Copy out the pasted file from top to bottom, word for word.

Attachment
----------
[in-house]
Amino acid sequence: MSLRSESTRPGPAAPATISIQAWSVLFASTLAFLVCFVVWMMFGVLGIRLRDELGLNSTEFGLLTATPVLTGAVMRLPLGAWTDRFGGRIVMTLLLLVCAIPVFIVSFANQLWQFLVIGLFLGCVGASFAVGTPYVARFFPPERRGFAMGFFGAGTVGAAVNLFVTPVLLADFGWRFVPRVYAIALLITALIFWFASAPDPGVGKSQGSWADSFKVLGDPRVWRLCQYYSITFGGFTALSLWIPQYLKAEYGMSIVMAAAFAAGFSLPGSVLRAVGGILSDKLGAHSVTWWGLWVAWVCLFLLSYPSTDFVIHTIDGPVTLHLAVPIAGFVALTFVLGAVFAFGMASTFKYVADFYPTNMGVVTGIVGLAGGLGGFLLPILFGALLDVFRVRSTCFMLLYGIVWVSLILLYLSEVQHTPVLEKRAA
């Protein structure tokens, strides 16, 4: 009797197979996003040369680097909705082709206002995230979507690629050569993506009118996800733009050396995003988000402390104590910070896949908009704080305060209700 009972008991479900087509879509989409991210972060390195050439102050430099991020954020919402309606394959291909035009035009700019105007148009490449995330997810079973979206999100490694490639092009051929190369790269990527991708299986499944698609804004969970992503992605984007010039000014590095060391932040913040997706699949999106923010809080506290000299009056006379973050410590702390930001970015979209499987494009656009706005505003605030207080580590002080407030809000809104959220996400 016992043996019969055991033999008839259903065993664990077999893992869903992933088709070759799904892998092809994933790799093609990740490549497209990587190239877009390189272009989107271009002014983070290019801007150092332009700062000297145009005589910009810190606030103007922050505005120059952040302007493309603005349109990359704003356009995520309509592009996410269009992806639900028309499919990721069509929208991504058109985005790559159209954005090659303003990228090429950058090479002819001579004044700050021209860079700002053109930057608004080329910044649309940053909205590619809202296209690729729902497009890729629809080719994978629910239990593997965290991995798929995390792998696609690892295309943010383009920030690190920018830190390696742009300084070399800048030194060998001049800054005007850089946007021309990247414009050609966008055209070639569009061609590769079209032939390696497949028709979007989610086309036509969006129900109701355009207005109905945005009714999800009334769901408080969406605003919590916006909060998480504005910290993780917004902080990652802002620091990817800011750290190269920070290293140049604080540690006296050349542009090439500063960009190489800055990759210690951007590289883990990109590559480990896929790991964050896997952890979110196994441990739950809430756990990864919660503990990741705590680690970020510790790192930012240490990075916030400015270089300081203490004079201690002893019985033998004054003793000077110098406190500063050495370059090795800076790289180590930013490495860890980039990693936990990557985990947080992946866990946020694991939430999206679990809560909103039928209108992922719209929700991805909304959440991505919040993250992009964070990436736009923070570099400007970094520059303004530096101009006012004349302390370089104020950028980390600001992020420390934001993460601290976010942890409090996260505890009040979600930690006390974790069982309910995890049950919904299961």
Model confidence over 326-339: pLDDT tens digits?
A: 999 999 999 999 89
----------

[in-house]
Amino acid sequence: MSLRSESTRPGPAAPATISIQAWSVLFASTLAFLVCFVVWMMFGVLGIRLRDELGLNSTEFGLLTATPVLTGAVMRLPLGAWTDRFGGRIVMTLLLLVCAIPVFIVSFANQLWQFLVIGLFLGCVGASFAVGTPYVARFFPPERRGFAMGFFGAGTVGAAVNLFVTPVLLADFGWRFVPRVYAIALLITALIFWFASAPDPGVGKSQGSWADSFKVLGDPRVWRLCQYYSITFGGFTALSLWIPQYLKAEYGMSIVMAAAFAAGFSLPGSVLRAVGGILSDKLGAHSVTWWGLWVAWVCLFLLSYPSTDFVIHTIDGPVTLHLAVPIAGFVALTFVLGAVFAFGMASTFKYVADFYPTNMGVVTGIVGLAGGLGGFLLPILFGALLDVFRVRSTCFMLLYGIVWVSLILLYLSEVQHTPVLEKRAA
């Protein structure tokens, strides 16, 4: 009797197979996003040369680097909705082709206002995230979507690629050569993506009118996800733009050396995003988000402390104590910070896949908009704080305060209700 009972008991479900087509879509989409991210972060390195050439102050430099991020954020919402309606394959291909035009035009700019105007148009490449995330997810079973979206999100490694490639092009051929190369790269990527991708299986499944698609804004969970992503992605984007010039000014590095060391932040913040997706699949999106923010809080506290000299009056006379973050410590702390930001970015979209499987494009656009706005505003605030207080580590002080407030809000809104959220996400 016992043996019969055991033999008839259903065993664990077999893992869903992933088709070759799904892998092809994933790799093609990740490549497209990587190239877009390189272009989107271009002014983070290019801007150092332009700062000297145009005589910009810190606030103007922050505005120059952040302007493309603005349109990359704003356009995520309509592009996410269009992806639900028309499919990721069509929208991504058109985005790559159209954005090659303003990228090429950058090479002819001579004044700050021209860079700002053109930057608004080329910044649309940053909205590619809202296209690729729902497009890729629809080719994978629910239990593997965290991995798929995390792998696609690892295309943010383009920030690190920018830190390696742009300084070399800048030194060998001049800054005007850089946007021309990247414009050609966008055209070639569009061609590769079209032939390696497949028709979007989610086309036509969006129900109701355009207005109905945005009714999800009334769901408080969406605003919590916006909060998480504005910290993780917004902080990652802002620091990817800011750290190269920070290293140049604080540690006296050349542009090439500063960009190489800055990759210690951007590289883990990109590559480990896929790991964050896997952890979110196994441990739950809430756990990864919660503990990741705590680690970020510790790192930012240490990075916030400015270089300081203490004079201690002893019985033998004054003793000077110098406190500063050495370059090795800076790289180590930013490495860890980039990693936990990557985990947080992946866990946020694991939430999206679990809560909103039928209108992922719209929700991805909304959440991505919040993250992009964070990436736009923070570099400007970094520059303004530096101009006012004349302390370089104020950028980390600001992020420390934001993460601290976010942890409090996260505890009040979600930690006390974790069982309910995890049950919904299961």
Model confidence over 326-339: pLDDT tens digits?
A: 999 999 999 999 89